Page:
Additional information is available on the CDC’s page for Tickborne Diseases of the United States and their manual for healthcare providers.


Anaplasmosis is the second most reported tickborne disease in Vermont. Confirmation of diagnosis is based on laboratory testing, but antibiotic therapy should not be delayed in a patient with a suggestive clinical presentation. People with anaplasmosis may also develop anemia, low white blood cell counts, low platelet counts, and elevated liver enzymes. Anaplasmosis can be a serious illness. Thirty-six percent of cases in Vermont are hospitalized for their illness. If not treated correctly, anaplasmosis can be fatal.

Signs and Symptoms:
▶ Fever, shaking, chills
▶ Severe headache
▶ Malaise
▶ Myalgia
▶ Gastrointestinal symptoms (nausea, vomiting, diarrhea, anorexia)
▶ Cough
▶ Rash (rare cases – only 10% of Vermonters with anaplasmosis report having a rash)
▶ Confusion


Babesiosis is the third most commonly reported tickborne disease in Vermont.

Signs and Symptoms:
▶Fever, chills, sweats
▶ Malaise, fatigue
▶ Myalgia, arthralgia, headache
▶ Gastrointestinal symptoms, such as anorexia and nausea (less common: abdominal pain, vomiting)
▶ Dark urine
▶ Less common: cough, sore throat, emotional lability, depression, photophobia, conjunctival injection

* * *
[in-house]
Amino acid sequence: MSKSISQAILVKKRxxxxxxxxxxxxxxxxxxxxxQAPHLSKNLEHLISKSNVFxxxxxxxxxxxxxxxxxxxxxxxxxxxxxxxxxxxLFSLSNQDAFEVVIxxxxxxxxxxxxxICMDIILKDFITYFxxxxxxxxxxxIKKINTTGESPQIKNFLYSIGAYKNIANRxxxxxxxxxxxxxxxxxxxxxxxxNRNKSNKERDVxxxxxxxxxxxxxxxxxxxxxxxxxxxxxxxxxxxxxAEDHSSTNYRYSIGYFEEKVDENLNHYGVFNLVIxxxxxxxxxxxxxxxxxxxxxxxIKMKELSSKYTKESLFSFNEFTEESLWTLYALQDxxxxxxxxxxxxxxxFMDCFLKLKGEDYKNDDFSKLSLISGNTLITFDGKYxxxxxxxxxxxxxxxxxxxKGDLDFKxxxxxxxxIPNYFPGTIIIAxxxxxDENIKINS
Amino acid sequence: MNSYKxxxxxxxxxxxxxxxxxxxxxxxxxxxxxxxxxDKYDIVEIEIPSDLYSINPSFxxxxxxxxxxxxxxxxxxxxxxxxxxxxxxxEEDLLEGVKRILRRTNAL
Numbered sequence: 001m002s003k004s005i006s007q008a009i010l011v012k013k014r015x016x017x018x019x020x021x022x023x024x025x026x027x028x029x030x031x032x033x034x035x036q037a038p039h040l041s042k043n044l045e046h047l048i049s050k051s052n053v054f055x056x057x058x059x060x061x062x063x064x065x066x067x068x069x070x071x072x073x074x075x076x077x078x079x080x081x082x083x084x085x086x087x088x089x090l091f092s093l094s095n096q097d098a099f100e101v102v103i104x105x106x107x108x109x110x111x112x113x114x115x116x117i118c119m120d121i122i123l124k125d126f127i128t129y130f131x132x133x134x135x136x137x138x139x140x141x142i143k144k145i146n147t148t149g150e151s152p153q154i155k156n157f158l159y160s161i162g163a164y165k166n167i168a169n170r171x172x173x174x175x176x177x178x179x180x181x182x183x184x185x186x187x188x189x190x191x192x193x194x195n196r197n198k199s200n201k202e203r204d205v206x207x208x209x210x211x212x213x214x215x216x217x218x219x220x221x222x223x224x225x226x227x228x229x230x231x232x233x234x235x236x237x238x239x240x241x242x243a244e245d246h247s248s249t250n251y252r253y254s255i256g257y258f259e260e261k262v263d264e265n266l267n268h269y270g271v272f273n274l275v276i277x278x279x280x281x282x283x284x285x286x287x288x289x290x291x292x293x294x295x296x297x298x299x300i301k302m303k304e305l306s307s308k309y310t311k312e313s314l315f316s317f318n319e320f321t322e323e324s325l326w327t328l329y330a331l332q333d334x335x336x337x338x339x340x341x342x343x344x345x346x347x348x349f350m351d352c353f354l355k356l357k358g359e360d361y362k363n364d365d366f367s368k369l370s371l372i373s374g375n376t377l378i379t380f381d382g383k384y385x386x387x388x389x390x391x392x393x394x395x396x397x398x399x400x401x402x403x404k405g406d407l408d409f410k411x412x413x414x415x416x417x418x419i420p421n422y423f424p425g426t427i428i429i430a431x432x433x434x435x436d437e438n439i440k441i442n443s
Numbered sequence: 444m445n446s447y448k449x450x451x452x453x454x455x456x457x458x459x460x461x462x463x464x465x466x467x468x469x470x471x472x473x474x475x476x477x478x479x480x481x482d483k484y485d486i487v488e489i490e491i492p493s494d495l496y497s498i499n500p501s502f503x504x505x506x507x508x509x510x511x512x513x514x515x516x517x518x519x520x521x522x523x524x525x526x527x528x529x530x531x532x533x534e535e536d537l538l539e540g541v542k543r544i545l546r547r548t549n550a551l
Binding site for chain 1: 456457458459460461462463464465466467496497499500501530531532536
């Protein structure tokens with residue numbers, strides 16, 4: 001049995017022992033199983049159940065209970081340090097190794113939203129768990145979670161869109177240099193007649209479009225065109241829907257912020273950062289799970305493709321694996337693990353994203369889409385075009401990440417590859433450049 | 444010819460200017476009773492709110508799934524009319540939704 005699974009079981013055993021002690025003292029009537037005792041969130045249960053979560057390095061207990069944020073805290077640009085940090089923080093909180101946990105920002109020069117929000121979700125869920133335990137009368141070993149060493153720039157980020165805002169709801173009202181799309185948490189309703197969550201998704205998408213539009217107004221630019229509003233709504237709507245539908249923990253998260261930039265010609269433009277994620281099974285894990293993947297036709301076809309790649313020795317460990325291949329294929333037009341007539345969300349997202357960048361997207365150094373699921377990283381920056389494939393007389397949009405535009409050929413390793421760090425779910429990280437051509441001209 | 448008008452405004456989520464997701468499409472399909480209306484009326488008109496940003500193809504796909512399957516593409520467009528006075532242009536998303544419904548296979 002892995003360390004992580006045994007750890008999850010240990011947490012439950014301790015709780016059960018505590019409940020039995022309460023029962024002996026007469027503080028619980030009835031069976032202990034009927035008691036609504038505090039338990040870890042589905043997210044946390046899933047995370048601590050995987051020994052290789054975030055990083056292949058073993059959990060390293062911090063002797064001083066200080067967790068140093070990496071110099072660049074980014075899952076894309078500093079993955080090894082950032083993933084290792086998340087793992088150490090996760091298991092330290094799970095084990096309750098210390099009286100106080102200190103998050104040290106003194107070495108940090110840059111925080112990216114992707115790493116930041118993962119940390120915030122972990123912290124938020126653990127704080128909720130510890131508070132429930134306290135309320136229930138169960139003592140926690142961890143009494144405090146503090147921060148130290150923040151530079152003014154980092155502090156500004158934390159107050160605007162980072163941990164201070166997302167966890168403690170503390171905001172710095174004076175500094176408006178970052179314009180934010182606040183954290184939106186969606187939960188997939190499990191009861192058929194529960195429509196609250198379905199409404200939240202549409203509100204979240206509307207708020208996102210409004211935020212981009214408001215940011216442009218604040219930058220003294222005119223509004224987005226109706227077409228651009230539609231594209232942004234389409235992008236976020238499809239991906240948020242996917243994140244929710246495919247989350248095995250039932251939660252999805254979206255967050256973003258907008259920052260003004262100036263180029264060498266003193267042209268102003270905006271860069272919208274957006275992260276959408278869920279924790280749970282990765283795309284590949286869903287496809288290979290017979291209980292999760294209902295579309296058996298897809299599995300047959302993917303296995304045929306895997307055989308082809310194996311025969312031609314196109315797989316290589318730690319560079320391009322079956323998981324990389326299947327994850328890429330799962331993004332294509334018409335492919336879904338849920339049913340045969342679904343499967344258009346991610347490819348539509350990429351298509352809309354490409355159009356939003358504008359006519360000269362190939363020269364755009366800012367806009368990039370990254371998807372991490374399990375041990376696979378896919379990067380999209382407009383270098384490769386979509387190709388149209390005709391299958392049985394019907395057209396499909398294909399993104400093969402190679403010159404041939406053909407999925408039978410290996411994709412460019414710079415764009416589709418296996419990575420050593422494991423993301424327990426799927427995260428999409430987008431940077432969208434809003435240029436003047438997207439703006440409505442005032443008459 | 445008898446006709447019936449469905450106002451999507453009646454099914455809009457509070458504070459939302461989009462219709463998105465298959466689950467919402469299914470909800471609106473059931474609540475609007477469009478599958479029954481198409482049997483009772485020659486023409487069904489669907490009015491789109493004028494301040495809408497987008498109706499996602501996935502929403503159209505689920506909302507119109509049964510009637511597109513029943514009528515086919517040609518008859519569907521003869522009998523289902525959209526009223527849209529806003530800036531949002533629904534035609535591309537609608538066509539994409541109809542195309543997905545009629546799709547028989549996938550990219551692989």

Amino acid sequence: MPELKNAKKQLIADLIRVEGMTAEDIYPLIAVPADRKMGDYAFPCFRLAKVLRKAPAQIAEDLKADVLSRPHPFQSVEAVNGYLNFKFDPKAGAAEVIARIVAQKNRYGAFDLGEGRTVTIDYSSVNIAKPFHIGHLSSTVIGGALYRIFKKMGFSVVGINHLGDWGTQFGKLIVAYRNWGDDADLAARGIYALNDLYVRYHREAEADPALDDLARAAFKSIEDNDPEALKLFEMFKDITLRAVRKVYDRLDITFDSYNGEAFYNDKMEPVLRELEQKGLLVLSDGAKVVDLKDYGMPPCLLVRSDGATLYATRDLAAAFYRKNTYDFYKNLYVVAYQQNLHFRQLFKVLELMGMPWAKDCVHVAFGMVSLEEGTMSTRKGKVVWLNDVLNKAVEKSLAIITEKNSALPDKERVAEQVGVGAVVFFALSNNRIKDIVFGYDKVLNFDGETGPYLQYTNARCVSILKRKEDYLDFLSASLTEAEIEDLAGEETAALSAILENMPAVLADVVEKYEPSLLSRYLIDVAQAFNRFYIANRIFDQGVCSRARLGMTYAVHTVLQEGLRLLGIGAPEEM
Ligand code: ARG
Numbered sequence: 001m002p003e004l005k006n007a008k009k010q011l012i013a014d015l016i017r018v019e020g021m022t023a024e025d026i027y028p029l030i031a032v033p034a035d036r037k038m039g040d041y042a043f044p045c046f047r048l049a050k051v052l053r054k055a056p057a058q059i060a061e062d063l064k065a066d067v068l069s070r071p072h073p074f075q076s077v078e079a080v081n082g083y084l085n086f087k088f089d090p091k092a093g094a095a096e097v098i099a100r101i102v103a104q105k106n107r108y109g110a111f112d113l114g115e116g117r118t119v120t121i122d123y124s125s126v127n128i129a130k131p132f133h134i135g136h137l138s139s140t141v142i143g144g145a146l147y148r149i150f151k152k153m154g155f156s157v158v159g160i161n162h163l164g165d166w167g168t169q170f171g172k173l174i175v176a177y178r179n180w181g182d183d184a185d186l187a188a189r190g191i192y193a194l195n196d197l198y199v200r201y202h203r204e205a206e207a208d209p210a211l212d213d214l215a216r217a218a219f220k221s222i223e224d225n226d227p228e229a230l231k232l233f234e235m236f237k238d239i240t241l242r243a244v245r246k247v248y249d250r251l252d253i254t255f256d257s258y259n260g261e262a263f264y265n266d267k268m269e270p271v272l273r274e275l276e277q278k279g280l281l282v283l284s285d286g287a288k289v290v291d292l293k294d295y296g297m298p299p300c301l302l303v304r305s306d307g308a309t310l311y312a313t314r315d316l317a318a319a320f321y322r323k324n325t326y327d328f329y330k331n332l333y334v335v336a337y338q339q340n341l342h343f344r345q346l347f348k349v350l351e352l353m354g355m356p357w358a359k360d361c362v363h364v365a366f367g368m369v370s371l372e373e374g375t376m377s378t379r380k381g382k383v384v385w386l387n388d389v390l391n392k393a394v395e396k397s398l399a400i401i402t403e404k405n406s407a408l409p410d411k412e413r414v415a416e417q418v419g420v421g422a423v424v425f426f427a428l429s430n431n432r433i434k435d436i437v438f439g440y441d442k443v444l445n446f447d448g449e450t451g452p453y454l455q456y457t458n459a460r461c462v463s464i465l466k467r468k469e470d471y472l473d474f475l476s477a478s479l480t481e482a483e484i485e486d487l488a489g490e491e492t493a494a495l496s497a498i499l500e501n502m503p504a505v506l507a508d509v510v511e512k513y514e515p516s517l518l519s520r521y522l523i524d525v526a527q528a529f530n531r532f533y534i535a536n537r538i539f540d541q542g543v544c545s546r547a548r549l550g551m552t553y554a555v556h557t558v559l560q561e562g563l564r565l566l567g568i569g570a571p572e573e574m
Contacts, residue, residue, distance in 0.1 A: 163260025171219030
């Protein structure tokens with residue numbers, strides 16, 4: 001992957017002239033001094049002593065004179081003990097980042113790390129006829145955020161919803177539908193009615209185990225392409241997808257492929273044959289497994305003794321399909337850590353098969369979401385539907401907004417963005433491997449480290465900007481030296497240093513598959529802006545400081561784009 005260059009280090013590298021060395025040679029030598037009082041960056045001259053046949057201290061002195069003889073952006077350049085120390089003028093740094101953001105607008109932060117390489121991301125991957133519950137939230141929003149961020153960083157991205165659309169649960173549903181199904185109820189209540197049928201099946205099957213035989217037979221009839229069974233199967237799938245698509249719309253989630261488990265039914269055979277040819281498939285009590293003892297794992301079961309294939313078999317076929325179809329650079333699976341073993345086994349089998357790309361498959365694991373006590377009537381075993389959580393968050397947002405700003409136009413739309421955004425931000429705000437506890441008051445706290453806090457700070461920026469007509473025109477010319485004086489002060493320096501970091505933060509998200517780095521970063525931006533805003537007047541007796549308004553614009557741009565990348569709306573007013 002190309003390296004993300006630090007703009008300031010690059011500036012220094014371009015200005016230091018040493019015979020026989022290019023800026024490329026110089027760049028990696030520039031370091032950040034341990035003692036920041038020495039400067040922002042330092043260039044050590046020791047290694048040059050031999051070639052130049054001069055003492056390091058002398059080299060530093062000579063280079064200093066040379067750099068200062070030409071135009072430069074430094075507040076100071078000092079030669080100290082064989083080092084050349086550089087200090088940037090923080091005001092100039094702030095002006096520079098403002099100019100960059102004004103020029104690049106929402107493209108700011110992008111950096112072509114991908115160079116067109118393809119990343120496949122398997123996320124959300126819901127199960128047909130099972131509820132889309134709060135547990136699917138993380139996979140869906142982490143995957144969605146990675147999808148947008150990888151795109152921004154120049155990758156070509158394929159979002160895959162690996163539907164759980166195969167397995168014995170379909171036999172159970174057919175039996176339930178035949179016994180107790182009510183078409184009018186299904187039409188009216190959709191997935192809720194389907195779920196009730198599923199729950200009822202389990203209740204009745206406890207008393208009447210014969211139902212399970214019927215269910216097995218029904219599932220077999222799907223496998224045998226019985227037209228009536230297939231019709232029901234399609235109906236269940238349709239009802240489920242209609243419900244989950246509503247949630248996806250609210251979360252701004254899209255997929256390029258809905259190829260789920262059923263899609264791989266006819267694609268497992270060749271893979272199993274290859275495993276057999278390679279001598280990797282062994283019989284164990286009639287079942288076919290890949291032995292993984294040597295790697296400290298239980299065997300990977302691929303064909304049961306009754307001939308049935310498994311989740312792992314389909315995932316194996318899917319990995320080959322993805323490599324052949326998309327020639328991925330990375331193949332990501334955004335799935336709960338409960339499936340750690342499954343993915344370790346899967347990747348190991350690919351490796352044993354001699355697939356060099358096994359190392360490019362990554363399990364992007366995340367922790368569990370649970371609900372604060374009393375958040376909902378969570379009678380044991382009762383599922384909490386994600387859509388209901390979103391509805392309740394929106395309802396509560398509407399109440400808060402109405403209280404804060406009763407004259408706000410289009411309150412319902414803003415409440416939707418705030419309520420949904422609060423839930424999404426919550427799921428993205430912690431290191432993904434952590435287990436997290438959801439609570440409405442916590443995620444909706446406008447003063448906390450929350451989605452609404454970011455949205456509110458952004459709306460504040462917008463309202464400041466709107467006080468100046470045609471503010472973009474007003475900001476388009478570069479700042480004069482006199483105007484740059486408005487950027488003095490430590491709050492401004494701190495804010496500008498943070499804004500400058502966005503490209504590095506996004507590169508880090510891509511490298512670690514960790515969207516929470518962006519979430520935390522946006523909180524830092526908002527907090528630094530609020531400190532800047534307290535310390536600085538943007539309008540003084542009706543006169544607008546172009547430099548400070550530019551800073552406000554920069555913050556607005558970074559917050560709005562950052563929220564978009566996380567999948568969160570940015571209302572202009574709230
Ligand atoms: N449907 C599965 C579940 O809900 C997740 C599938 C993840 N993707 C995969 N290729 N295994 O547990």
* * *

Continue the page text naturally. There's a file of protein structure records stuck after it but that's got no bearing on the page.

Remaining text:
▶ Mild splenomegaly, mild hepatomegaly, or jaundice may occur in some patients


More than half of the ehrlichiosis cases reported to the Health Department were in Bennington and Rutland county residents. Almost 25% of reported cases were hospitalized for their illness.

Signs and Symptoms:
▶ Fever
▶ Headache
▶ Chills
▶ Malaise
▶ Muscle pain
▶ Gastrointestinal symptoms (nausea, vomiting, diarrhea, anorexia)
▶ Confusion
▶ Conjunctival injection
▶ Rash (more commonly reported among children)

Powassan Virus

The last reported case of Powassan virus infection in a Vermont resident occurred in 1999, but infected ticks were recently found in Vermont. According to the Vermont Department of Health, “This disease can be difficult to diagnose and is likely underreported.”

Signs and Symptoms:
▶ Fever
▶ Headache
▶ Vomiting
▶ Generalized weakness
▶ Seizures
▶ Usually progresses to meningoencephalitis. May include meningeal signs, altered mental status, aphasia, paresis, movement disorders, or cranial nerve palsies

Borrelia miyamotoi

Borrelia miyamotoi is closely related to the bacteria that causes tickborne relapsing fever.

Signs and Symptoms:
▶ Fever
▶ Chills
▶ Muscle aches
▶ Fatigue
▶ Joint pain
▶ Headaches.
▶ Relapsing fever

Lyme Disease

Lyme disease is the most commonly reported tickborne disease in Vermont and in 2016, Vermont had the second highest rate of reported Lyme disease cases in the U.S.

Signs and Symptoms:
Localized Stage:
▶ Erythema migrans rash (not present in all cases)
▶ Flu-like symptoms – malaise, headache, fever, myalgia, arthralgia
▶ Lymphadenopathy

Disseminated Stages:
▶ Multiple secondary annular rashes (not present in all cases)
▶ Flu-like symptoms
▶ Lymphadenopathy
▶ Rheumatologic Manifestations
▶ Transient, migratory arthritis and effusion in one or multiple joints
▶ Migratory pain in tendons, bursae, muscle, and bones
▶ Cardiac Manifestations
▶ Conduction abnormalities, e.g. atrioventricular node block
▶ Myocarditis, pericarditis
▶ Neurologic Manifestations
▶ Bell’s palsy or other cranial neuropathy
▶ Meningitis
▶ Motor and sensory radiculoneuropathy, mononeuritis multiplex
▶ Subtle cognitive difficulties
▶ Encephalitis, encephalomyelitis, subtle encephalopathy, pseudotumor cerebri
▶ Conjunctivitis, keratitis, uveitis
▶ Mild hepatitis
▶ Splenomegaly